A: So, how do you understand the principle of contradiction?

B:  That we cannot affirm and deny the same thing.

A: But we affirm and deny the same thing  whenever we change our mind.

B: But I meant that we cannot affirm and deny the same thing at the same time

A: But this doesn’t have anything to do with affirming or denying – we can’t do any two actions simultaneously (changed b/c/ of critique by Eli Horowitz). We can’t affirm something twice at the same time either. So by adding a necessary qualification you have made the statement have nothing in particular to do with the thing you wanted to talk about.

B: When I say “at the same time” I don’t mean that you say two things at once actually, but that when you say anything is true or false, you are necessarily committed to thinking something else. As long as you are committed to thinking something about SP, you are committed to thinking something about S not-P.

A: So it seems that, if this is right, the principle of contradiction is based on a deeper idea of claims being connected together, that is, we see that there are necessary consequences of committing ourselves to the truth or falsity of something. It’s as though our primary vision or awareness is that every claim or commitment can only be a part of a larger body of commitments.

B: I don’t know. I would guess that this is a consequence of the principle of contradiction and not something prior to it.

A: It might be logically, I don’t know, but it seems like there is an ontological basis from the principle: sc. that no one truth we know exhausts the mind completely, but always occurs in the context of a principle that says “this commits you to something else”.   Our mind has a sort of necessary motion.  If any mind held a truth that was completely adequate to it, it wouldn’t need the principle of contradiction to know.

B: And so a completely satisfied intelligence, even if would have to be aware of contradictions,  would not find its knowing falling under the principle of contradiction.

A: That seems right: I think the principle of contradiction follows upon a peculiar condition of an intellect – sc. when nothing it knows, and no multiplication of the things it knows is adequate to it.

B: But this raises the question whether the inadequacy of an object is necessary to being an intellect – doesn’t an intellect have to transcend the things it knows? If it did not, what sense would there be to saying that it can both affirm and deny?

A: Well, if it were simply true that intellect had to transcend its object, I don’t see what sense we could make of saying that an intellect can know itself.

B: So in this sense, self-Knowledge is the first hint we have of an object that would be perfectly adequate to intellect.

A: It can’t be more than a hint- on the one hand, it makes us aware that some known thing is a broad as the intellect that knows it; but on the other hand, the soul immediately sees itself as empty and receptive.


  1. RP said,

    November 18, 2012 at 6:10 am

    Chastek you have a good blog, ask many great questions, make many unusual observations, etc. But it has one weakness: you are not willing to hash out any of your questions or opinions thoroughly. You post something and the next day go on to something else.

    Furthermore, your blog is one of the last remaining outposts of civilization. 90% of the world talks about nothing but politics and sports. We (Americans and probably Europeans since America gets all its ideas and intellectual fashions from Europe after a delay of 25 or 50 years) have become the most boring people to have ever lived. A sure sign of decadence .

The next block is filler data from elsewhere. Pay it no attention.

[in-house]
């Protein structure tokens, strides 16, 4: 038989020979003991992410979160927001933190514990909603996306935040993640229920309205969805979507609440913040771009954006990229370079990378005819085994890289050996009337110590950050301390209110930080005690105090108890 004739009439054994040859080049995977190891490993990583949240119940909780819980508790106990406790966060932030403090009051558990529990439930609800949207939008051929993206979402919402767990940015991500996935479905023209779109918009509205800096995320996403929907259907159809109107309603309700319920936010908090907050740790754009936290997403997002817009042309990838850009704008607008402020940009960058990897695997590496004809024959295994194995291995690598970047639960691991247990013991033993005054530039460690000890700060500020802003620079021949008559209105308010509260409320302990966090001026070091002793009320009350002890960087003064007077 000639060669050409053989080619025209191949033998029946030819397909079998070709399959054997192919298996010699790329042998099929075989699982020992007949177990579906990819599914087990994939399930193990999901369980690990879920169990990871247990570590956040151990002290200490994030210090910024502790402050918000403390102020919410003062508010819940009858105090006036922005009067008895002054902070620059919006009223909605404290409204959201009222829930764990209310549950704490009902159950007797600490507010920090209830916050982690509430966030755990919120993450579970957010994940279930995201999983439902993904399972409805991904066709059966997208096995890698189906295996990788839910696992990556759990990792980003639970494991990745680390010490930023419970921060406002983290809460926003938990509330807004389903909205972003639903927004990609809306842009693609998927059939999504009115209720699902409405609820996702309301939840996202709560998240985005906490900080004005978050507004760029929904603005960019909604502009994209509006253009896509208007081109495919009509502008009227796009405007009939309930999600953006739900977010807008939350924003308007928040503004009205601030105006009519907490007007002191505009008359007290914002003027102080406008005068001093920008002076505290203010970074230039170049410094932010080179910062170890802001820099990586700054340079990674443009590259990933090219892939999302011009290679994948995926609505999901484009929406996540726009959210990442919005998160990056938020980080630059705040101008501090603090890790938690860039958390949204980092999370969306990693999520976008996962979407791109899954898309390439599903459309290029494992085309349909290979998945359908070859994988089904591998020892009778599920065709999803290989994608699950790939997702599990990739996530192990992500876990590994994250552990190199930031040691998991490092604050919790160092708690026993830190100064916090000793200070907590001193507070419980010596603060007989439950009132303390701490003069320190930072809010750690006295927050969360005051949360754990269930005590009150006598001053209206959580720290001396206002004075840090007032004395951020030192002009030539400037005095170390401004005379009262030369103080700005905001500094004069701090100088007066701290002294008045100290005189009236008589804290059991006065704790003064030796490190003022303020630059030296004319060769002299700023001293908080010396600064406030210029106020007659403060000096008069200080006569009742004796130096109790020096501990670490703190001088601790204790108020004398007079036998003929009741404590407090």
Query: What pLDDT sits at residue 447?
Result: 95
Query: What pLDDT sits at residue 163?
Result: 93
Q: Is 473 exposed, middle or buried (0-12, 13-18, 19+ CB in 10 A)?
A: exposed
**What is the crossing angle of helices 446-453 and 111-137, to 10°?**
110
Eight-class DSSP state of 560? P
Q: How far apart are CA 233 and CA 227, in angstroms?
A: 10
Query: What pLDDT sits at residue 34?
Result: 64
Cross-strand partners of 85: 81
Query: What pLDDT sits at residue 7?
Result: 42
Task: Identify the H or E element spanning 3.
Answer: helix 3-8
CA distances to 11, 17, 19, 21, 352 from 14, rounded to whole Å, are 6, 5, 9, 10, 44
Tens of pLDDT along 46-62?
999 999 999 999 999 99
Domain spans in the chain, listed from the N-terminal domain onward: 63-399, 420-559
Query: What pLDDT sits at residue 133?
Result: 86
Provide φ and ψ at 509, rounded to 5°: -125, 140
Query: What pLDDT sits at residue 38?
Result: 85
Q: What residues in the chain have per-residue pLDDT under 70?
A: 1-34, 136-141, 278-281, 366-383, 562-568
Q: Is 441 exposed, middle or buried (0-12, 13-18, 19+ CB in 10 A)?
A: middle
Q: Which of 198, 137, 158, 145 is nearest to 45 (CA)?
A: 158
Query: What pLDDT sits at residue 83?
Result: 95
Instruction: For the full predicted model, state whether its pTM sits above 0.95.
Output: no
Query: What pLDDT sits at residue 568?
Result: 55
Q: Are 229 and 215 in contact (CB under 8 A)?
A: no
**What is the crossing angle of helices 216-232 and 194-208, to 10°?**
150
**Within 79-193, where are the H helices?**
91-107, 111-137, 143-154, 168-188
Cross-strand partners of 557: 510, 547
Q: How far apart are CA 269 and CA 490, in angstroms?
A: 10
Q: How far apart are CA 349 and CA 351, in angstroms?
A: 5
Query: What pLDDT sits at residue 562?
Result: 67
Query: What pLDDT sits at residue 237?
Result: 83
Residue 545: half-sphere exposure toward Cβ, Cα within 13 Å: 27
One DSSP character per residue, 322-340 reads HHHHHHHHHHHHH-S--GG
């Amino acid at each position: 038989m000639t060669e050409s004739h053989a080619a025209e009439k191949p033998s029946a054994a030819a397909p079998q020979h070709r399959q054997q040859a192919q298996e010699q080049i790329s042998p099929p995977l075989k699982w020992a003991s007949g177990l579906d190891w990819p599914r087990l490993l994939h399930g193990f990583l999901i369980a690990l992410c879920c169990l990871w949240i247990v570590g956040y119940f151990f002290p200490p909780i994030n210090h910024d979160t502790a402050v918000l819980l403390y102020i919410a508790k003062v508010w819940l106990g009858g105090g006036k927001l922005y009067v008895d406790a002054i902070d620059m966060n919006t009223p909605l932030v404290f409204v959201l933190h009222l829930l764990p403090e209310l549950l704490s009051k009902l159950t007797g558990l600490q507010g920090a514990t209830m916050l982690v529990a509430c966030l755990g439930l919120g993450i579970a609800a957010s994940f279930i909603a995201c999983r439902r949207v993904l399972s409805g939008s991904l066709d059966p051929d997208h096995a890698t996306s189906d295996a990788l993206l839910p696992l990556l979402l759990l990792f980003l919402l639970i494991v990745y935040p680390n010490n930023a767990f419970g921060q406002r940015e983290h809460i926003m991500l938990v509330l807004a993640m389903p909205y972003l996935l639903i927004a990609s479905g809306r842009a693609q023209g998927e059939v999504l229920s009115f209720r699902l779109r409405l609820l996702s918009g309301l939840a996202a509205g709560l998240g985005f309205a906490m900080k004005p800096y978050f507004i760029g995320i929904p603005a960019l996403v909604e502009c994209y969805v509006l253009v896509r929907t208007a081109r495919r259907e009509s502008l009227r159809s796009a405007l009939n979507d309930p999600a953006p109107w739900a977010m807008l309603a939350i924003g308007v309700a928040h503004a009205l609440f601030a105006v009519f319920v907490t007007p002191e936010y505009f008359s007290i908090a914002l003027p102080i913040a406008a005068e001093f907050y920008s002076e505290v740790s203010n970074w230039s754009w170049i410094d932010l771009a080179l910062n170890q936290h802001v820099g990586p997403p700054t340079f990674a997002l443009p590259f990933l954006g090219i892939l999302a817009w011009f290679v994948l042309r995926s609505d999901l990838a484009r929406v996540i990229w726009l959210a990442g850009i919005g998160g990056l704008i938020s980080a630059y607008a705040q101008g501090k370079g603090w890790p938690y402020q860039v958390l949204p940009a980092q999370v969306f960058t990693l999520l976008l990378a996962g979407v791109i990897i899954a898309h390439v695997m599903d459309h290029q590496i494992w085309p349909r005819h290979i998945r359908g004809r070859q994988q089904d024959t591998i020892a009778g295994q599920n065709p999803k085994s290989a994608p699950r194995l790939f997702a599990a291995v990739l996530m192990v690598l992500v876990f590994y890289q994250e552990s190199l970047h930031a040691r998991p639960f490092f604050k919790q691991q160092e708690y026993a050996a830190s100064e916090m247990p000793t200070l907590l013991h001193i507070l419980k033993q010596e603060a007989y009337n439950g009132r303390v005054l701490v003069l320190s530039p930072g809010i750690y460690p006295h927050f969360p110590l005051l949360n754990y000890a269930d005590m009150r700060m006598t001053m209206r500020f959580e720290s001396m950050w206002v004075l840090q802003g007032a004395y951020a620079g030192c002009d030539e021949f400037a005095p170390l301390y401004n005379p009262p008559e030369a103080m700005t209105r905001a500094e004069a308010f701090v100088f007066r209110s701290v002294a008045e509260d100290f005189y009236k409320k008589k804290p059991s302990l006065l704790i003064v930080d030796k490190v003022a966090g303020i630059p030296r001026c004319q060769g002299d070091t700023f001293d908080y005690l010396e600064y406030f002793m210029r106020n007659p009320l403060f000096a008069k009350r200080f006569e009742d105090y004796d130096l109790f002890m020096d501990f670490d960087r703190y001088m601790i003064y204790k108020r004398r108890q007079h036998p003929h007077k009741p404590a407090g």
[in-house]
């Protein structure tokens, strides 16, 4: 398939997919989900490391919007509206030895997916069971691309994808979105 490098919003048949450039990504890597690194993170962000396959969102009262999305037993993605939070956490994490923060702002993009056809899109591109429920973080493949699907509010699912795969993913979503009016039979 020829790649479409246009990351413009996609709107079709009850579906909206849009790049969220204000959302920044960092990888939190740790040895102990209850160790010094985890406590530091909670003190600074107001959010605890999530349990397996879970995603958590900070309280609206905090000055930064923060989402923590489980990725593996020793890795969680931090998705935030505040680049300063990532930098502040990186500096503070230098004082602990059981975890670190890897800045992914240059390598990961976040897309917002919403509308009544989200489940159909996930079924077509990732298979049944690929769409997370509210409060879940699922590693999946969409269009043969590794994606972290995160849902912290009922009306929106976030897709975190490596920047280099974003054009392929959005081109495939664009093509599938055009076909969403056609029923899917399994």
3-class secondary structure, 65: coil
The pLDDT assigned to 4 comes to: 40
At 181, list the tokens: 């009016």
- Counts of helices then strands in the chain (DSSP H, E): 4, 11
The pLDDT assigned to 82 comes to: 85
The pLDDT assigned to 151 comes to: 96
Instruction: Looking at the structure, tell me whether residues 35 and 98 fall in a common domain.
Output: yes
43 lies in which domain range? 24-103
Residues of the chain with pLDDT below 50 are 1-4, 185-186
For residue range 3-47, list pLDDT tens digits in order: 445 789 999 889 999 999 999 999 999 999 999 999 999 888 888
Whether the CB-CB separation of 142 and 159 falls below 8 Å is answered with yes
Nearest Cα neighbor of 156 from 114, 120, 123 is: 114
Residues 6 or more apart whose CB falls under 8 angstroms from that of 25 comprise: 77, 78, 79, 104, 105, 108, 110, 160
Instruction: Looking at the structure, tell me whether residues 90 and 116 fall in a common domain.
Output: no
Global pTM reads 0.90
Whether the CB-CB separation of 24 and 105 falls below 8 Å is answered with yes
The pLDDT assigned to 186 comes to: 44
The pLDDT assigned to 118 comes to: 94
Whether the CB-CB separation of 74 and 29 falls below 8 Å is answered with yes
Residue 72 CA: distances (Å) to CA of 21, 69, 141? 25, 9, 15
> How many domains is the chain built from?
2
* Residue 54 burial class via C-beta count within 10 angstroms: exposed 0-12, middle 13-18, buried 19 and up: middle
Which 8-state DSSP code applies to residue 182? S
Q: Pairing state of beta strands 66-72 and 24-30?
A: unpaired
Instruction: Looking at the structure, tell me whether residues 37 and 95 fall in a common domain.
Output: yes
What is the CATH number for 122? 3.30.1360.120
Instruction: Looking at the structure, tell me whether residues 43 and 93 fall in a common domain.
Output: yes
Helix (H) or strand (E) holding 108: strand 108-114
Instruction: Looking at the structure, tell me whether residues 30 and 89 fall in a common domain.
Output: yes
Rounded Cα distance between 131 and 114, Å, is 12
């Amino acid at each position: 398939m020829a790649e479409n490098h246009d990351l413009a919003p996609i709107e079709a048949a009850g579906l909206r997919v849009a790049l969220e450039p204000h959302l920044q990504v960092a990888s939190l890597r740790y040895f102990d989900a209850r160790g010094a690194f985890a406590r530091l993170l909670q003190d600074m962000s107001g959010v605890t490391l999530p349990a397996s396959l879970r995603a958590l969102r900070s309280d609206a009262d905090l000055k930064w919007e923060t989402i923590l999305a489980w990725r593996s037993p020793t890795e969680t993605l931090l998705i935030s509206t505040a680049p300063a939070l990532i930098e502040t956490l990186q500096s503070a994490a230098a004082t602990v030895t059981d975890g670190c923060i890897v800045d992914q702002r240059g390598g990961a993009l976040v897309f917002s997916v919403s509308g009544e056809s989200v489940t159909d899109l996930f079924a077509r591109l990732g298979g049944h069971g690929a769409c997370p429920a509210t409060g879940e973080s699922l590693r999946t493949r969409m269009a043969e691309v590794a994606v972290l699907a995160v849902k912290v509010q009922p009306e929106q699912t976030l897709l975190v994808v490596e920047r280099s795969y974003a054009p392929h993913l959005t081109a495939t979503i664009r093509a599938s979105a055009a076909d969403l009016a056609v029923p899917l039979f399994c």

I suggest you start another “disputed questions” blog where you post a topic, get comments from your readers as objections for or against, then you answer the objections and give your reply. If you like you can ban me from commenting. I’d be pleased just to have a chance to read such a thing.

    I don’t know who else may do this – Watson may be a good one. He seems to have read every book ever written, but his blog is kinda boring. Faber would be another one and may even be willing as long as he could bash Thomists now and again. And Faber seems to be a decent person, too. Maybe the three of you could get together to do this so it wouldn’t be so burdensome.

    You would have to approve all comments to ensure they conform to the proper format and topic, else it would degenerate into something like Feser’s blog which is unreadable.

  2. MarcAnthony said,

    November 18, 2012 at 12:48 pm

    I think this one of those cases where philosopher sometime over-think things. 🙂 The principle of contradiction is something that is so simple and obvious to see that honestly looking too much into it, while interesting, can really complicate matters unnecessarily. I have yet to meet a person who has ever truly misunderstood the principle of contradiction. I have met people who had no idea that’s what it was called, but essentially everybody uses it in arguments all the time, and the concept, if not the execution, is almost certainly used correctly.

    Rather like your drunk man proving the existence of God to the philosophers, we may have a situation where the normal person understands things better than the philosophers precisely because they *understand* it and don’t try and make it into something it’s not-a philosophical puzzle.

    As for Dr. Feser’s blog, I think the real appeal are his main posts, not the comments section.

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